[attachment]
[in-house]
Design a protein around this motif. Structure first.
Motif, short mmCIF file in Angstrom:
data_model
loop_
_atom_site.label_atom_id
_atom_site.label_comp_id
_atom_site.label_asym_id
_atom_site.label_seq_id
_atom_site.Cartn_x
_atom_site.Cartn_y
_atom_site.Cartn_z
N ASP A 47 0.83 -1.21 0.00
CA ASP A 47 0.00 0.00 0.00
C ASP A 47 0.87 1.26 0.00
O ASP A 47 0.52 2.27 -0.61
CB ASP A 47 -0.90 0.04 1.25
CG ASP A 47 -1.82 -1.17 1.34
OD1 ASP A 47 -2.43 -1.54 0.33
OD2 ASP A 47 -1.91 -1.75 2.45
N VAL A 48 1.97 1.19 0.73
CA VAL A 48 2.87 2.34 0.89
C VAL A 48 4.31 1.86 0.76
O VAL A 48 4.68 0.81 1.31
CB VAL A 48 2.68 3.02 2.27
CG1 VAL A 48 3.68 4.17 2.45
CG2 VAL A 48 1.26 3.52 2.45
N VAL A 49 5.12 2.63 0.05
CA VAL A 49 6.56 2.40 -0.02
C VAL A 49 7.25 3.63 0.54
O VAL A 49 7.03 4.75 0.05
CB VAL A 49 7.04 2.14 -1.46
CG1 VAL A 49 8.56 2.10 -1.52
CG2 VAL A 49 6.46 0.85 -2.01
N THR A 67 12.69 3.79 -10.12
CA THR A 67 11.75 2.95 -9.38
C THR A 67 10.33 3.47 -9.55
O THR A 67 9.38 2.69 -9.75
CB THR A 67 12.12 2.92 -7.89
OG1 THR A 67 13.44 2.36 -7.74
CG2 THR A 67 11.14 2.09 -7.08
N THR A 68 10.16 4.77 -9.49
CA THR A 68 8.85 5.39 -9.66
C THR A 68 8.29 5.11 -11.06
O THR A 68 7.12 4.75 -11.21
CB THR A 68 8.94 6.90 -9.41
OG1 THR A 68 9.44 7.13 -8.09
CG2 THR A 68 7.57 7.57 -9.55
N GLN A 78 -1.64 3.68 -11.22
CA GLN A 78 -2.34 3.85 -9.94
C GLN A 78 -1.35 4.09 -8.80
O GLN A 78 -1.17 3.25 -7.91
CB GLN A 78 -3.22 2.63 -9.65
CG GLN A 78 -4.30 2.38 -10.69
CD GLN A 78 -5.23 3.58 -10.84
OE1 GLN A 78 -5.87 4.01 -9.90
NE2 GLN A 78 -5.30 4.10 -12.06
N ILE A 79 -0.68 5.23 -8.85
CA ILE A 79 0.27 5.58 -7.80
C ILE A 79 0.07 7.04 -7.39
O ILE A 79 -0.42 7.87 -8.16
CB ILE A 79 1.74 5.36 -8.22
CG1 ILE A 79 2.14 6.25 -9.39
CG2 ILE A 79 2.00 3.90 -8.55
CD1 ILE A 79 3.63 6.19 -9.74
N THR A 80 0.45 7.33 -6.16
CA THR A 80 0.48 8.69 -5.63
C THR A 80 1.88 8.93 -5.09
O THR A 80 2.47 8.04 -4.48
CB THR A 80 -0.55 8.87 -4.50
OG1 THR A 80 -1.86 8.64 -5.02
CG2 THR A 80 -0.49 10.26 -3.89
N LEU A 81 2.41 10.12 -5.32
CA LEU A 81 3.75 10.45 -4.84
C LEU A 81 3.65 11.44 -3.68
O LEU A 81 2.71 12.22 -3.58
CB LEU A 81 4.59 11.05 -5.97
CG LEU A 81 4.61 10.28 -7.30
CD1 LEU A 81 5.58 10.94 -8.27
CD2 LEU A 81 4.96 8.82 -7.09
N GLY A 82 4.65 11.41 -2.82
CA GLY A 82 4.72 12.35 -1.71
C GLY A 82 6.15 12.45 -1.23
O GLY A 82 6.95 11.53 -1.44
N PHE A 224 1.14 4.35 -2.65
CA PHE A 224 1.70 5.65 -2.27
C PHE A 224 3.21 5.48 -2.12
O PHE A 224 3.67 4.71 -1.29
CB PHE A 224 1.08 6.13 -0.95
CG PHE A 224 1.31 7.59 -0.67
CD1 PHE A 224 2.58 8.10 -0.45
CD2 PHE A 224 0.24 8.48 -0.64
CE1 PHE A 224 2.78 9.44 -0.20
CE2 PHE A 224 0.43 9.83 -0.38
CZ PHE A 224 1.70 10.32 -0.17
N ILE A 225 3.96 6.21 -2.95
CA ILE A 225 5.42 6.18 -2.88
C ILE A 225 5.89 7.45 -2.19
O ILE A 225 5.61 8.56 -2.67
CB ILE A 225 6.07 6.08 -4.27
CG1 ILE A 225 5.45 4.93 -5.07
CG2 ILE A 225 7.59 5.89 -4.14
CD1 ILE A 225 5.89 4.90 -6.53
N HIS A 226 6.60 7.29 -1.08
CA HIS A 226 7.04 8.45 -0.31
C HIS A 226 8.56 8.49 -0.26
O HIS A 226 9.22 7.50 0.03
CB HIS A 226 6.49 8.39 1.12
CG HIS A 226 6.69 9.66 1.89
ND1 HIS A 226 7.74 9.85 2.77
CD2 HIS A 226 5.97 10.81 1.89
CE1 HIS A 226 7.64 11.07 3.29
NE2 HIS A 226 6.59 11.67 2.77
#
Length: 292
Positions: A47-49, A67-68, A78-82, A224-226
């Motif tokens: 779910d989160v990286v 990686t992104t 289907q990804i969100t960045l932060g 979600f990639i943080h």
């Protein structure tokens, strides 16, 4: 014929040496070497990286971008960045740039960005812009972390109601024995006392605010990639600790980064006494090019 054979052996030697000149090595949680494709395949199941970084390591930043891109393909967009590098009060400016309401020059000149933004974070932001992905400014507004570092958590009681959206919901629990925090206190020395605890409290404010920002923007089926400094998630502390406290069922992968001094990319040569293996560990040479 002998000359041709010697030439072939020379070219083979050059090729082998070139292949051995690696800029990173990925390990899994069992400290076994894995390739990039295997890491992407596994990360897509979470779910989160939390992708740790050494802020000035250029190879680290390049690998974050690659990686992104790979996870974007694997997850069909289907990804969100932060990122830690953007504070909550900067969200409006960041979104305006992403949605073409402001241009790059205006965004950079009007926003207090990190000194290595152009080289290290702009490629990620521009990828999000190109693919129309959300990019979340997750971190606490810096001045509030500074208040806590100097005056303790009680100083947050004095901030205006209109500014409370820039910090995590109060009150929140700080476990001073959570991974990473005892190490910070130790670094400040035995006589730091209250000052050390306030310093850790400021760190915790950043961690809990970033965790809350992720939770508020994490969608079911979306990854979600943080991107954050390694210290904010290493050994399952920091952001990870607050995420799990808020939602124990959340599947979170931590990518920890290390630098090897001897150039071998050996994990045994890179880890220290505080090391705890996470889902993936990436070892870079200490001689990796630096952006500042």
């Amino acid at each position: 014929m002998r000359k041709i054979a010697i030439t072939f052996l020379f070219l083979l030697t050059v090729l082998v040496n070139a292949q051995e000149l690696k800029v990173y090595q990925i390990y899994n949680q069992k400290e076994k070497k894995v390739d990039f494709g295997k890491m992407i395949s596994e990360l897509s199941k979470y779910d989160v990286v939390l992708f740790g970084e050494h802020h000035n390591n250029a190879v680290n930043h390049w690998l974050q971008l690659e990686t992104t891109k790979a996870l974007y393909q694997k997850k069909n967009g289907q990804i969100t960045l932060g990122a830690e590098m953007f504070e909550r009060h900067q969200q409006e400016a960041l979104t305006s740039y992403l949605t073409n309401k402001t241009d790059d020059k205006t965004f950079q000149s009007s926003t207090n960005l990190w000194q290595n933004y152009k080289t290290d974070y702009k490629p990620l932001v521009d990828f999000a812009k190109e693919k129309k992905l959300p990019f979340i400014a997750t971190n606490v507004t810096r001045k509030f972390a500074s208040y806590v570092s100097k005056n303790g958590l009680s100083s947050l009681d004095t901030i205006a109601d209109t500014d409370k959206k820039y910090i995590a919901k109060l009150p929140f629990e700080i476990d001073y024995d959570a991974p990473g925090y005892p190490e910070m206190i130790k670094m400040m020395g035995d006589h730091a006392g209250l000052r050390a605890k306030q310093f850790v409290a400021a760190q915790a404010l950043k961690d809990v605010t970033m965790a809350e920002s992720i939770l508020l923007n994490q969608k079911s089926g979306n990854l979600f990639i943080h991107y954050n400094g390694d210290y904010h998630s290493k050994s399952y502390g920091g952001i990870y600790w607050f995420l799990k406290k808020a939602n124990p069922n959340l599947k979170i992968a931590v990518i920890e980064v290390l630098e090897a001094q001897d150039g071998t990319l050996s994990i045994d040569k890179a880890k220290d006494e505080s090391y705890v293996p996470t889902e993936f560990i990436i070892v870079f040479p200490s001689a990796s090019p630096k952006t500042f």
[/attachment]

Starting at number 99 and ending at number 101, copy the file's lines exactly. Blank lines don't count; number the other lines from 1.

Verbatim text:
O ILE A 225 5.61 8.56 -2.67
CB ILE A 225 6.07 6.08 -4.27
CG1 ILE A 225 5.45 4.93 -5.07